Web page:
Strength exercise reduces hepatic pyruvate carboxylase and gluconeogenesis in DIO mice

in Journal of Endocrinology
View More View Less
  • 1 R Pereira, Exercise Cell Biology Lab, Faculty of Applied Sciences, State University of Campinas, Limeira, Brazil
  • 2 K Rodrigues, Exercise Cell Biology Lab, Faculty of Applied Sciences, State University of Campinas, Limeira, Brazil
  • 3 M Sant'Ana, Laboratory of Nutritional Genomics, Faculty of Applied Sciences, State University of Campinas, Limeira, Brazil
  • 4 G Peruca, Exercise Cell Biology Lab, Faculty of Applied Sciences, State University of Campinas, Limeira, Brazil
  • 5 A Morelli, Multidisciplinary Laboratory of Food and Health, Faculty of Applied Sciences, State University of Campinas, Limeira, Brazil
  • 6 F Simabuco, Multidisciplinary Laboratory of Food and Health, Faculty of Applied Sciences, State University of Campinas, Limeira, Brazil
  • 7 A S. R. da Silva, School of Physical Education and Sport of Ribeirão Preto, University of Sao Paulo, Ribeirão Preto, Brazil
  • 8 D Cintra , Laboratory of Nutritional Genomics, Faculty of Applied Sciences, State University of Campinas, Limeira, Brazil
  • 9 E Ropelle, Laboratory of Molecular Biology of Exercise (LaBMEx), Faculty of Applied Sciences, State University of Campinas, Limeira, Brazil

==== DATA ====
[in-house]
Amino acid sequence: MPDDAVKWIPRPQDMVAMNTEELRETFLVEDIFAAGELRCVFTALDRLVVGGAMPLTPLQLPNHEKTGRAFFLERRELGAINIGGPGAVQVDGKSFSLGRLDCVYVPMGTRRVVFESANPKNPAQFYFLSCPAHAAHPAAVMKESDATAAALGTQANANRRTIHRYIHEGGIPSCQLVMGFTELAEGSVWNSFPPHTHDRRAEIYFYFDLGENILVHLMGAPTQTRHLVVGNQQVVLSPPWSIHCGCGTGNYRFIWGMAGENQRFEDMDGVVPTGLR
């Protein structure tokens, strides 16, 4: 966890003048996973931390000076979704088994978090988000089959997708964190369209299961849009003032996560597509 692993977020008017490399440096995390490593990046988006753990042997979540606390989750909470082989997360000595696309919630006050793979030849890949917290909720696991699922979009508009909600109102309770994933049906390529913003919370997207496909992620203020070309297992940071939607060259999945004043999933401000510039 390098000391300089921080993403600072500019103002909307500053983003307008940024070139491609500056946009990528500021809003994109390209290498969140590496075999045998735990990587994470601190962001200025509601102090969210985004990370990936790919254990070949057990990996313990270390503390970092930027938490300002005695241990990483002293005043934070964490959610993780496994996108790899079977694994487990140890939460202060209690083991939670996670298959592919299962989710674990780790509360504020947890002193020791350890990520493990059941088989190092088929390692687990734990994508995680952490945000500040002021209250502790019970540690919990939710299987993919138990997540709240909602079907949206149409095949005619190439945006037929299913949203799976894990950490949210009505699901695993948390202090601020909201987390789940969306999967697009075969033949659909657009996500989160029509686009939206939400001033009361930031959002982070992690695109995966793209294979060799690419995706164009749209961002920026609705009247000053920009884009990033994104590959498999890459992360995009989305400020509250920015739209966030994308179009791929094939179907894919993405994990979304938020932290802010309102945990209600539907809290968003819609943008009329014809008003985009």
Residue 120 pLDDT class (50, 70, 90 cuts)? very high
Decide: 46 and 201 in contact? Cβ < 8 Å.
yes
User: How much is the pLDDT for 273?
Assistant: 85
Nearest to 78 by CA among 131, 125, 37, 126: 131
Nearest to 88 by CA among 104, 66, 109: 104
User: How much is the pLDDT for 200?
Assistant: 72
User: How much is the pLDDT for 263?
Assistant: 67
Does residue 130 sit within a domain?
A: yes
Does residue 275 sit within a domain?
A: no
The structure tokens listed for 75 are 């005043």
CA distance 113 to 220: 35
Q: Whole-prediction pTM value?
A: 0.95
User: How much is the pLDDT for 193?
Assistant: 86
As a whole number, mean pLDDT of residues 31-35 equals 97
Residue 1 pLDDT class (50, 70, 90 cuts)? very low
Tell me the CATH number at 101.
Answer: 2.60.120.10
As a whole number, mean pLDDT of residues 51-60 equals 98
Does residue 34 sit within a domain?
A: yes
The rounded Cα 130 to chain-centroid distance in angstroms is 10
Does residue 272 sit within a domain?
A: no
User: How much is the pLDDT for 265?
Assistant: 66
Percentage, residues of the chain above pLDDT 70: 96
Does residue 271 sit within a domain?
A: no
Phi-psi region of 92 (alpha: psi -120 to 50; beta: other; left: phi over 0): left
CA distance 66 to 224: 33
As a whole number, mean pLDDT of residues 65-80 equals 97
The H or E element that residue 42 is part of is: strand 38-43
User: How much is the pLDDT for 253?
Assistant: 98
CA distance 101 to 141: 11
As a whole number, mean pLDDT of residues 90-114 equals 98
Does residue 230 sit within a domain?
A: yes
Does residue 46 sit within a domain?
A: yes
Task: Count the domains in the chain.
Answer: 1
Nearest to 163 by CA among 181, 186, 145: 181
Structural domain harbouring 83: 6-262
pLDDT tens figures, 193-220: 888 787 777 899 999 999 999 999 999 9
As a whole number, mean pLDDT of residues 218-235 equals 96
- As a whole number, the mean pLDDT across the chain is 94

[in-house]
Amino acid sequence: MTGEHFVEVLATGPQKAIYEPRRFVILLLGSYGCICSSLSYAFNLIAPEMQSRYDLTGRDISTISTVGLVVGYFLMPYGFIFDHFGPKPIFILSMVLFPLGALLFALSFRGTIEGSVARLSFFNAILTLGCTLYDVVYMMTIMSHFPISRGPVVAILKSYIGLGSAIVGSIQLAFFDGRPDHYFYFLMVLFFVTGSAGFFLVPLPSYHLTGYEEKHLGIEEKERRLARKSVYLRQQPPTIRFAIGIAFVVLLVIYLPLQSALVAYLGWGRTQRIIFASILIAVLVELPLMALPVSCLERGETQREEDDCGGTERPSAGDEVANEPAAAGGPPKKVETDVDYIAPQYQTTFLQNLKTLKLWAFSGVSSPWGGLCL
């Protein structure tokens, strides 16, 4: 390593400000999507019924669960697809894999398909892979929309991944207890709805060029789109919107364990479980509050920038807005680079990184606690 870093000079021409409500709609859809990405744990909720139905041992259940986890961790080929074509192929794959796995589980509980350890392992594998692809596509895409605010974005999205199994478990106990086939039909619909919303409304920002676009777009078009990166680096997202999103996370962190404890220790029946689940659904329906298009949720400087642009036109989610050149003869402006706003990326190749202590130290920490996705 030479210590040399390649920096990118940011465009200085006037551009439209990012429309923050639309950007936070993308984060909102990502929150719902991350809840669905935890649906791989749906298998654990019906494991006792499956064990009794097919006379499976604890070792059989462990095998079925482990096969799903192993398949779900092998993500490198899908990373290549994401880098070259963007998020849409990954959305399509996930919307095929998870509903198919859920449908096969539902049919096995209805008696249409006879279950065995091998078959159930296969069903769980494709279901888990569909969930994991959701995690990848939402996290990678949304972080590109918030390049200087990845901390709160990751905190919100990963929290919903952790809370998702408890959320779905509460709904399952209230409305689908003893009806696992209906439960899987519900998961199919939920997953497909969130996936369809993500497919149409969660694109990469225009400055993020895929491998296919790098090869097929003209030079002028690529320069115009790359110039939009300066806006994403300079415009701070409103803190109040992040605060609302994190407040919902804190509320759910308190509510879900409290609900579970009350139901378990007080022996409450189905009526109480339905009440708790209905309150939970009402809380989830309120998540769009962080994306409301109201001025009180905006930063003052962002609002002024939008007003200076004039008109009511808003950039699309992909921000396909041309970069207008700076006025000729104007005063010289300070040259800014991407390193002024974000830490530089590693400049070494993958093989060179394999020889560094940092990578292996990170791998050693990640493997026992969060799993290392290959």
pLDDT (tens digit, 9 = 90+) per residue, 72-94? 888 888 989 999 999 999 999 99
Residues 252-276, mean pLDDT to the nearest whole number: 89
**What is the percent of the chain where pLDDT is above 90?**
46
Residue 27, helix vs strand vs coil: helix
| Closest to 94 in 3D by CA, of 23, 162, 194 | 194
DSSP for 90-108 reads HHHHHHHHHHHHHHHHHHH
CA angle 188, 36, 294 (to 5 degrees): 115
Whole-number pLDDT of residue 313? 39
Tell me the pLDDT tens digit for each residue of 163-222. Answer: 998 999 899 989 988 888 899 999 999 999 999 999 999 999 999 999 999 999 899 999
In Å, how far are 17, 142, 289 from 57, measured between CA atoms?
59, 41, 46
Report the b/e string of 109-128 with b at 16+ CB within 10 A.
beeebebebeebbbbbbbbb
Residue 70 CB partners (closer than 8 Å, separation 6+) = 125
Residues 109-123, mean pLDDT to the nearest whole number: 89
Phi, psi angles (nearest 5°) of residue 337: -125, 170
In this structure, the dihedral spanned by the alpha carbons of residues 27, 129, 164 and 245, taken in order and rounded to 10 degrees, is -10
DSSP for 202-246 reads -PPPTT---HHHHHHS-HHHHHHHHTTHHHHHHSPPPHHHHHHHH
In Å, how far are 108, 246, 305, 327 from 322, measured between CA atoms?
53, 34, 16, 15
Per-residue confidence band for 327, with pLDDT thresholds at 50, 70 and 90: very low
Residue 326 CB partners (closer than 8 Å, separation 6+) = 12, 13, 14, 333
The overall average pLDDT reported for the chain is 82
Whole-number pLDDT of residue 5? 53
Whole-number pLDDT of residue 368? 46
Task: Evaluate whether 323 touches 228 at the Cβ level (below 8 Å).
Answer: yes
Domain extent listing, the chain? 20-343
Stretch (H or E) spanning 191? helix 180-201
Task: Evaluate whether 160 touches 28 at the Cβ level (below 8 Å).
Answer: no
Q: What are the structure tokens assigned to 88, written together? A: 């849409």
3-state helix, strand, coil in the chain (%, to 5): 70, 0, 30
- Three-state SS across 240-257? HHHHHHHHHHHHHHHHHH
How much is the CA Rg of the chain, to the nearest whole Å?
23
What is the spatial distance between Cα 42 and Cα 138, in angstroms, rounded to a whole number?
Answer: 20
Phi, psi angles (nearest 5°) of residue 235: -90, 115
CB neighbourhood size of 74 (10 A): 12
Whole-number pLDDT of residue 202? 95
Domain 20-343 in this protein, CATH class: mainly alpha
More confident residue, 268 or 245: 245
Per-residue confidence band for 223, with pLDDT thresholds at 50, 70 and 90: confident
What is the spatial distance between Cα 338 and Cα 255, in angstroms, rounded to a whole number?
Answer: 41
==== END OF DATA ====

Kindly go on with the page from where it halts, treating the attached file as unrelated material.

• 10 J Pauli, Laboratory of Molecular Biology of Exercise (LaBMEx), Faculty of Applied Sciences, State University of Campinas, Limeira, Brazil
  • 11 L de Moura, Exercise Cell Biology Lab, Faculty of Applied Sciences, State University of Campinas, Limeira, Brazil

Correspondence: Leandro de Moura, Email: mouralp@unicamp.br
Restricted access

Obesity is linked to a reduction in the control of hepatic glucose production, which is the primary mechanism related to fasting hyperglycemia and the development of type 2 diabetes mellitus (T2DM). The main system involved in hepatic gluconeogenesis synthesis is controlled by pyruvate carboxylase (PC), which increases in obesity conditions. Recently, we showed that short-term strength training is an important tool against obesity-induced hyperglycemia. As aerobic exercise can reduce the hepatic PC content of obese animals, we hypothesized that strength exercise can also decrease this gluconeogenic enzyme. Therefore, this study investigated whether the metabolic benefits promoted by short-term strength training are related to changes in hepatic PC content. Swiss mice were divided into three groups: lean control (Ctl), obese sedentary (ObS), and obese short-term strength training (STST). The STST protocol was performed through one session/day for 15 days. The obese exercised animals had reduced hyperglycemia and insulin resistance. These results were related to better control of hepatic glucose production and hepatic insulin sensitivity. Our bioinformatics analysis showed that hepatic PC mRNA levels have positive correlations with glucose levels and adiposity, and negative correlations with locomotor activity and muscle mass. We also found that hepatic mRNA levels are related to lipogenic markers in the liver. Finally, we observed that the obese animals had an increased hepatic PC level; however, STST was efficient in reducing its amount. In conclusion, we provide insights into new biomolecular mechanisms by showing how STST is an efficient tool against obesity-related hyperglycemia and T2DM, even without body weight changes.